• 14. Risk Factors• Obesity. Excess pounds put extra stress on your plantar fascia.• Occupations that keep you on your feet. Factory workers, teachers and others who spend most of their work hours walking or standing on hard surfaces can damage their plantar fascia.• Improper shoes. Avoid loose, thin-soled shoes, as well as shoes without enough arch support or flexible padding to absorb shock.• If you regularly wear high heels, your Achilles tendon — which is attached to your heel — can contract and shorten, causing strain on the tissue around your heel.
  • 15. Imaging tests• an X-ray or magnetic resonance imaging (MRI) to rule out another problem, such as a stress fracture• Sometimes, an X-ray shows a spur of bone projecting forward from the heel bone.
  • 16. Heel Spur• An incidental finding associated with this condition is a heel spur, a small bony calcification on the calcaneus heel bone,• it is the underlying plantar fasciitis that produces the pain, and not the spur.• The condition is responsible for the creation of the spur; the plantar fasciitis is not caused by the spur.
  • 17. Flexor Digitorum Brevis• ball-of-foot pain is mistakenly assumed to be derived from plantar fasciitis.• A dull pain or numbness in the metatarsal region of the foot could instead be metatarsalgia,• Some current studies suggest that plantar fasciitis is not actually inflamed plantar fascia, but merely an inflamed flexor digitorum brevis muscle (FDB) belly.• Ultrasound evidence illustrates fluid within the FDB muscle belly, not the plantar fascia.
  • 18. Treatment• Rest,• Massage therapy,• Stretching,• Night splints,• Physical therapy,• Cold therapy,• Heat therapy,• Orthotics,• Anti-inflammatory medications,• Corticosteroid (Botox) Injections - US guided• Surgery in refractory cases.
  • 19. Treatment• Add arch supports to your shoes. Inexpensive over-the-counter arch supports take the tension off the plantar fascia and help absorb shock.• Stretch your arches. Simple exercises using household objects can stretch your plantar fascia, Achilles tendon and calf muscles.
  • 20. Therapies• Stretching and strengthening exercises or use of specialized devices may provide symptom relief.• exercises to stretch the plantar fascia and Achilles tendon and to strengthen lower leg muscles, which stabilize your ankle and heel.• A therapist may also teach you to apply athletic taping to support the bottom of your foot.• Night splints. Your physical therapist or doctor may recommend wearing a splint that stretches your calf and the arch of your foot while you sleep. This holds the plantar fascia and Achilles tendon in a lengthened position overnight and facilitates stretching.• Orthotics. Your doctor may prescribe off-the-shelf or custom-fitted arch supports (orthotics) to help distribute pressure to your feet more evenly.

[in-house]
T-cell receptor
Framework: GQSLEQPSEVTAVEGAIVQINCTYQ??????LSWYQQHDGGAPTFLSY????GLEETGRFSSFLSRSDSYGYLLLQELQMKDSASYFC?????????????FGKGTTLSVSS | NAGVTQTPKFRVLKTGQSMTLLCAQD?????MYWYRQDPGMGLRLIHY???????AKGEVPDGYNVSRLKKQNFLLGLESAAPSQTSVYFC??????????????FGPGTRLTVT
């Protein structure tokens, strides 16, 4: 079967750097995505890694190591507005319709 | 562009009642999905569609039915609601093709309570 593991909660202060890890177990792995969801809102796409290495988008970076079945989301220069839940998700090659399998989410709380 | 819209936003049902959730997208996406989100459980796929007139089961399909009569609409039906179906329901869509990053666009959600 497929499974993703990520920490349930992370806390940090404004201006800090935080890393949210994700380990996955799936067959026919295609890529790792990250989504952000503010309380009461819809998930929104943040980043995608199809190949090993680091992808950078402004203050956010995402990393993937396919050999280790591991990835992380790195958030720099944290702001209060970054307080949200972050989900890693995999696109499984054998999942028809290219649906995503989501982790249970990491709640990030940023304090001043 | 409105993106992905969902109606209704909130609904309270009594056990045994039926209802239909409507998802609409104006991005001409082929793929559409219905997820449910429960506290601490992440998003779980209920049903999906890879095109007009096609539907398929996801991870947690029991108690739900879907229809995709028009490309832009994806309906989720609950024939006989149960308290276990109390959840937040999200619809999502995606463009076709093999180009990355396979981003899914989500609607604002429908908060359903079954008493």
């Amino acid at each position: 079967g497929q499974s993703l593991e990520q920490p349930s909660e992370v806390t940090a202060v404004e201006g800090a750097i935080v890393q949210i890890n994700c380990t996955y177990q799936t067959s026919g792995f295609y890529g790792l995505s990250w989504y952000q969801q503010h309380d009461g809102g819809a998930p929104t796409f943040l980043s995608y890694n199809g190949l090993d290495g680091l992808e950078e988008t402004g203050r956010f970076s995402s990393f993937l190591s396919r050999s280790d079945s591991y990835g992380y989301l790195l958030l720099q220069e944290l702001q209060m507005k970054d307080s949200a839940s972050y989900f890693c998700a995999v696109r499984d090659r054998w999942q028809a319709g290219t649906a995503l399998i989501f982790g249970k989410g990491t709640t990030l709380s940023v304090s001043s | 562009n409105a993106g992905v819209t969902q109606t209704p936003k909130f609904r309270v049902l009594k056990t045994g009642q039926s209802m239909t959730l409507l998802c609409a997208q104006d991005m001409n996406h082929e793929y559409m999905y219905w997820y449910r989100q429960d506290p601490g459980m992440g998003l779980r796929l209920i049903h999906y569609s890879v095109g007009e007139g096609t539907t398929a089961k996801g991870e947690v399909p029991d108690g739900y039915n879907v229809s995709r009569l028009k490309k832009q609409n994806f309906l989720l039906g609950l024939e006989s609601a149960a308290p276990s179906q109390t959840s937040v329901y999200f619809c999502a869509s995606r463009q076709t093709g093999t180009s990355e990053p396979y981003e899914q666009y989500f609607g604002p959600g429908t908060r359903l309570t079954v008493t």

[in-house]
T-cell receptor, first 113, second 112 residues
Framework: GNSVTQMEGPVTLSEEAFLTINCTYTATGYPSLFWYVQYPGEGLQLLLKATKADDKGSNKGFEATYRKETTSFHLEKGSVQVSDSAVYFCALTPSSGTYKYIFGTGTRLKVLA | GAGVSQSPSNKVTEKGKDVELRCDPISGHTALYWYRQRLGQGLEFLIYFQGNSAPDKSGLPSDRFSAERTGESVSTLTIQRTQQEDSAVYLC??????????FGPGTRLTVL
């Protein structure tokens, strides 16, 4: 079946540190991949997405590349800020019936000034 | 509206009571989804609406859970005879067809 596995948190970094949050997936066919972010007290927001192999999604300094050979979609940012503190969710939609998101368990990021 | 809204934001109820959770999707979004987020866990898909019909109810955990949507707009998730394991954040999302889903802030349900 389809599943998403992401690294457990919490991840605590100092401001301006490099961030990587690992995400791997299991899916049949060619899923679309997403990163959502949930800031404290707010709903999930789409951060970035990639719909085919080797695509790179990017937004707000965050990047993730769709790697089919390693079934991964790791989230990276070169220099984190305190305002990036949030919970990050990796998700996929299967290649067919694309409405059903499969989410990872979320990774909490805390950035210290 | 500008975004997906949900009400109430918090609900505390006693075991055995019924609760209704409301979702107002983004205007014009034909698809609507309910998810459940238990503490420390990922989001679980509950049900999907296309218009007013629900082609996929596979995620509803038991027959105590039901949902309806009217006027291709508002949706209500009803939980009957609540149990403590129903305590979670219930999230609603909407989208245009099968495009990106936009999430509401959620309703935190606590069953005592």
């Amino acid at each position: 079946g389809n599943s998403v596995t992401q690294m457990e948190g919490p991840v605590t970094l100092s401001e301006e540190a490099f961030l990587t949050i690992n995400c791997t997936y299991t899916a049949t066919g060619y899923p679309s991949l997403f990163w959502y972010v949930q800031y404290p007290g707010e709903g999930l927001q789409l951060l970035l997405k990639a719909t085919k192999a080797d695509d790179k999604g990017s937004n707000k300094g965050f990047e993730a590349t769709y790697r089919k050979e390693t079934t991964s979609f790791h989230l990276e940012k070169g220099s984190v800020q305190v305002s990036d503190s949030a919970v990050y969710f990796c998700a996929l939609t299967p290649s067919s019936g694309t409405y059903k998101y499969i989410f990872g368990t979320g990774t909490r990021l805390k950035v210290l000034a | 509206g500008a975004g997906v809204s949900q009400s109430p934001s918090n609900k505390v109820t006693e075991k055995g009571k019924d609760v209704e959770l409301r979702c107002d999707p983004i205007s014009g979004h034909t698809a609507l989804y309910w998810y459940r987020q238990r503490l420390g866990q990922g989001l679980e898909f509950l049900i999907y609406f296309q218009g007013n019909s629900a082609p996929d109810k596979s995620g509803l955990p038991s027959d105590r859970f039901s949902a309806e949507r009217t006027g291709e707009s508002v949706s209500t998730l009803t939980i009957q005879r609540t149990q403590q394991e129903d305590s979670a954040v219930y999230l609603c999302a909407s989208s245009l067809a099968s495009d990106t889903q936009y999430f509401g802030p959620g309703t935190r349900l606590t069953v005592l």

• 21. Taping
  • 22. Foot Orthoses
  • 23. Night Splints
  • 24. Treatment• Put your feet up. Stay off your feet for several days when the pain is severe.• Apply ice. Hold a cloth-covered ice pack over the area of pain for ice massage. Freeze a water-filled paper cup and roll it over the site of discomfort for about five to seven minutes.• Decrease your miles, but its a good idea to cover shorter distances until pain subsides.• Take up a no- or low-impact exercise. Swap swimming or bicycling in for walking or jogging.
  • 25. Non-Impact Activities
  • 26. Alternative Medicine• Although some over- the-counter arch supports contain magnets, no reliable evidence indicates that arch supports with magnets relieve heel pain any better than do arch supports without magnets.
  • 27. Surgery• Risk of nerve injury• Infection,• Rupture of the plantar fascia, and• Failure to improve the pain.• Traditional surgical procedures, such as plantar fascia release, are a last resort
  • 28. Coblation Surgery• (aka Topaz procedure) has been used successfully in the treatment of recalcitrant plantar fasciitis. This procedure utilizes radiofrequency ablation and is a minimally invasive procedure.
  • 29. Extracorporeal shockwave therapy (ESWT)• One review found that the preponderance of evidence supports the use of ESWT, but only after several months of treatment with more accepted and proven therapies have failed, as a possible alternative to surgical intervention.
  • 30. Extracorporeal Shockwave Therapy• The American Academy of Orthopaedic Surgeons notes that ESWT is sometimes tried before surgery due to minimal risk involved, but due to lack of consistent results it is not commonly performed.